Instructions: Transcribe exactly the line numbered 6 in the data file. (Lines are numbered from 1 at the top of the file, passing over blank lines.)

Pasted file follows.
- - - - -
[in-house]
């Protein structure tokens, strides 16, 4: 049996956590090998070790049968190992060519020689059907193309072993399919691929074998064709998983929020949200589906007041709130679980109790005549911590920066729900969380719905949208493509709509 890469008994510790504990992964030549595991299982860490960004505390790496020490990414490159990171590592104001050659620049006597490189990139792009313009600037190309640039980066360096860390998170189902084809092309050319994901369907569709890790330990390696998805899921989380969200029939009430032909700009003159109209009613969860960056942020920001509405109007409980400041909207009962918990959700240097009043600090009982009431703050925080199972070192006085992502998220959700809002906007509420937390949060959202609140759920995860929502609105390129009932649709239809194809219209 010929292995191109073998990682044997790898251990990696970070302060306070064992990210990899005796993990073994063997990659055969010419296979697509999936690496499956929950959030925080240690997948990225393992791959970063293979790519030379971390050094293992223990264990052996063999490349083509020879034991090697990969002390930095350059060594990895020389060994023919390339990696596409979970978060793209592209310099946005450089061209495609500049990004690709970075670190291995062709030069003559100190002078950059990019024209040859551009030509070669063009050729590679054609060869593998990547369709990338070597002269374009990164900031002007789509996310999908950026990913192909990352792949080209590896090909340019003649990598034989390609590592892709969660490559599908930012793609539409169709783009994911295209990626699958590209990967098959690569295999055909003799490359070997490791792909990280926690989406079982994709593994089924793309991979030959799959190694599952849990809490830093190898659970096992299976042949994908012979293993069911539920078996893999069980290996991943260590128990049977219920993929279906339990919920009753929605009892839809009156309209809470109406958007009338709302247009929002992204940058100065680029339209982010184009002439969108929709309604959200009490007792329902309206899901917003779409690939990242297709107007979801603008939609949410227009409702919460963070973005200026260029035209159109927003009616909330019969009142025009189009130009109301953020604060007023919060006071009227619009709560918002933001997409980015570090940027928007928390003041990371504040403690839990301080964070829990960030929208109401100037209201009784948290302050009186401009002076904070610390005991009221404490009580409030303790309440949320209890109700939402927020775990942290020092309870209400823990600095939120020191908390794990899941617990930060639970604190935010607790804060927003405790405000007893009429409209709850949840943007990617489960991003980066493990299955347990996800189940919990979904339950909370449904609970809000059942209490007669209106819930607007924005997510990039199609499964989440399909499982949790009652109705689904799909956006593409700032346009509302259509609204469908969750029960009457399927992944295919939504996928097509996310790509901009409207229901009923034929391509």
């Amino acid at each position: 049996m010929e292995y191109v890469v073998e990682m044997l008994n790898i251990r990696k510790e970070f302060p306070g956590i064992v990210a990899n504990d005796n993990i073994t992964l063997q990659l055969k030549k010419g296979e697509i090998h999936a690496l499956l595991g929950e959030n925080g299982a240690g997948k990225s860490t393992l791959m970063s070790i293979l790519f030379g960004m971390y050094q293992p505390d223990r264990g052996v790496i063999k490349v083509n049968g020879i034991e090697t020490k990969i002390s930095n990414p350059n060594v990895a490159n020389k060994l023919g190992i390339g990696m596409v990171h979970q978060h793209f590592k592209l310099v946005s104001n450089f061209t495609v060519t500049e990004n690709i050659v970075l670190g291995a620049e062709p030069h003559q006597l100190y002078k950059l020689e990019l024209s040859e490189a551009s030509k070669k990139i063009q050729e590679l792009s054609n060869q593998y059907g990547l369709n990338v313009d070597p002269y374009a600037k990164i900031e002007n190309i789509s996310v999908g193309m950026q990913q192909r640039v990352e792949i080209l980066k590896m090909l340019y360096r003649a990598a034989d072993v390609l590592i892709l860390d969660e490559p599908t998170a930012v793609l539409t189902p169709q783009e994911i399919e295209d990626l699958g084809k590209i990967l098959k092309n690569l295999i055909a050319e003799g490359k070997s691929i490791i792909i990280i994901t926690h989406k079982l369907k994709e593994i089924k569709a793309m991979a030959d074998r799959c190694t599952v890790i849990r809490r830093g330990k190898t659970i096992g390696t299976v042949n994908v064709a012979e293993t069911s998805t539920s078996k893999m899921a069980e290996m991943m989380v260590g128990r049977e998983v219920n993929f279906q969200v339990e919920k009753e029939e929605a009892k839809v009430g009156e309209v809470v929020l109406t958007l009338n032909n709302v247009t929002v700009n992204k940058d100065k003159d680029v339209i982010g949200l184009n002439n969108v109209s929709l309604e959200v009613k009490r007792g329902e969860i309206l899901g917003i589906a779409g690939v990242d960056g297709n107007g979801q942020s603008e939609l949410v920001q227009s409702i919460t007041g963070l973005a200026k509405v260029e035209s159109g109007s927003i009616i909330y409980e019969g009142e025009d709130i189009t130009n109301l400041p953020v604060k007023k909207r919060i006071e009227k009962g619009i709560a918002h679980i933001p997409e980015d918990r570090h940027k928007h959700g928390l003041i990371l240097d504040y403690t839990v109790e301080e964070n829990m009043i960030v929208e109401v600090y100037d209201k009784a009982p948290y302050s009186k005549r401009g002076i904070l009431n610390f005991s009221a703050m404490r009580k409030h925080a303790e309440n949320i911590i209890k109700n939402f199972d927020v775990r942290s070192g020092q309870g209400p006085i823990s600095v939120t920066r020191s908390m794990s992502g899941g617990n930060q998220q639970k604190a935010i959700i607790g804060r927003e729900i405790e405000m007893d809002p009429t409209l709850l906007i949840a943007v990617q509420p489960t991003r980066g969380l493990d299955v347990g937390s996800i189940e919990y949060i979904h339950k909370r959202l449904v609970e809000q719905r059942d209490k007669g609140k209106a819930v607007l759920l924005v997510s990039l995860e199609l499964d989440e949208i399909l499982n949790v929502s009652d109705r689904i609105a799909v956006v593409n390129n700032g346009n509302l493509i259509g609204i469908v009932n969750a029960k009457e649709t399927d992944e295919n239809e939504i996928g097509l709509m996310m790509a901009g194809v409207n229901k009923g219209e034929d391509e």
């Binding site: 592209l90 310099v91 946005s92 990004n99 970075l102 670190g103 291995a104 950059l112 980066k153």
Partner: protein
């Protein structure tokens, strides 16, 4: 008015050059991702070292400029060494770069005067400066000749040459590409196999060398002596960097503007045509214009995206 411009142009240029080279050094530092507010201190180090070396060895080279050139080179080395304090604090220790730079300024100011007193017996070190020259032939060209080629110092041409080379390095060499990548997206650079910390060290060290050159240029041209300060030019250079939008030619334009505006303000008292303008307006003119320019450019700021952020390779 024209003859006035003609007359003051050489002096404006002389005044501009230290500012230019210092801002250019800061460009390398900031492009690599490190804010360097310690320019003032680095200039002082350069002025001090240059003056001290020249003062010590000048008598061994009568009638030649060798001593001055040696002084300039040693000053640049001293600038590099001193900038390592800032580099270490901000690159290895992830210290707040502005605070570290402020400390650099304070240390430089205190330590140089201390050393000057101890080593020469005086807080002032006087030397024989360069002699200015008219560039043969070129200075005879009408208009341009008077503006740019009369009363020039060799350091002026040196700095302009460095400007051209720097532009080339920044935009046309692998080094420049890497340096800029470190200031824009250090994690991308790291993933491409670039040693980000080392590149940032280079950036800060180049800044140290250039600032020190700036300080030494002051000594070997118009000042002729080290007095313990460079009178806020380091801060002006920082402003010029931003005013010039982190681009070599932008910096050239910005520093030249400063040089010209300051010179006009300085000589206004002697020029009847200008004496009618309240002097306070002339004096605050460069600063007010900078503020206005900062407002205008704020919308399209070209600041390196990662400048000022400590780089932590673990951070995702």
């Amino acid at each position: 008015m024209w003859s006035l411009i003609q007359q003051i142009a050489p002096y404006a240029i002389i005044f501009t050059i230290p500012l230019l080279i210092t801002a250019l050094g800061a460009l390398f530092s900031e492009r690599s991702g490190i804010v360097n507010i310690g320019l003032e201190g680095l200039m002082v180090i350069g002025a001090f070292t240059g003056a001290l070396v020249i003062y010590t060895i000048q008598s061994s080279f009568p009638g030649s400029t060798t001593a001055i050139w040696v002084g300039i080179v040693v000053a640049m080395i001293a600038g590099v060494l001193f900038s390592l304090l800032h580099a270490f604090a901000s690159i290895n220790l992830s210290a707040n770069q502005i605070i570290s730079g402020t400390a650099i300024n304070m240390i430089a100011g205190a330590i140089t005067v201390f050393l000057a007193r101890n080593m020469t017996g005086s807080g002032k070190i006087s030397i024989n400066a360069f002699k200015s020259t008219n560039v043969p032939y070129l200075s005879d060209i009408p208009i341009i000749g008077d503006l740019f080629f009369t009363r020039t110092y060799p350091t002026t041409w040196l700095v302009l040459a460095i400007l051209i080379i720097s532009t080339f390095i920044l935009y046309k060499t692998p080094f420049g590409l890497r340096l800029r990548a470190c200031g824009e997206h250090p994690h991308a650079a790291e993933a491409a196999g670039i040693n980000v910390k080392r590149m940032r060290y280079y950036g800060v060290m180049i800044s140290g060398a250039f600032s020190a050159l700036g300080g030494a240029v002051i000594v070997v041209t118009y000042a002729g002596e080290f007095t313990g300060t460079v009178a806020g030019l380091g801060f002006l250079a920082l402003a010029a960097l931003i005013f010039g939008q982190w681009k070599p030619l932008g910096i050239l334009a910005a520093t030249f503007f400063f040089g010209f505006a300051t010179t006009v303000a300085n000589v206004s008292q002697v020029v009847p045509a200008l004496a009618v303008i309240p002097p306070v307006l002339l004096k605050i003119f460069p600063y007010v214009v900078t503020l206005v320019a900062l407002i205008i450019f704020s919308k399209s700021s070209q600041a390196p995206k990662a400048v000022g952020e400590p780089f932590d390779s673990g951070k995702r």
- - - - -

């Protein structure tokens, strides 16, 4: 008015050059991702070292400029060494770069005067400066000749040459590409196999060398002596960097503007045509214009995206 411009142009240029080279050094530092507010201190180090070396060895080279050139080179080395304090604090220790730079300024100011007193017996070190020259032939060209080629110092041409080379390095060499990548997206650079910390060290060290050159240029041209300060030019250079939008030619334009505006303000008292303008307006003119320019450019700021952020390779 024209003859006035003609007359003051050489002096404006002389005044501009230290500012230019210092801002250019800061460009390398900031492009690599490190804010360097310690320019003032680095200039002082350069002025001090240059003056001290020249003062010590000048008598061994009568009638030649060798001593001055040696002084300039040693000053640049001293600038590099001193900038390592800032580099270490901000690159290895992830210290707040502005605070570290402020400390650099304070240390430089205190330590140089201390050393000057101890080593020469005086807080002032006087030397024989360069002699200015008219560039043969070129200075005879009408208009341009008077503006740019009369009363020039060799350091002026040196700095302009460095400007051209720097532009080339920044935009046309692998080094420049890497340096800029470190200031824009250090994690991308790291993933491409670039040693980000080392590149940032280079950036800060180049800044140290250039600032020190700036300080030494002051000594070997118009000042002729080290007095313990460079009178806020380091801060002006920082402003010029931003005013010039982190681009070599932008910096050239910005520093030249400063040089010209300051010179006009300085000589206004002697020029009847200008004496009618309240002097306070002339004096605050460069600063007010900078503020206005900062407002205008704020919308399209070209600041390196990662400048000022400590780089932590673990951070995702």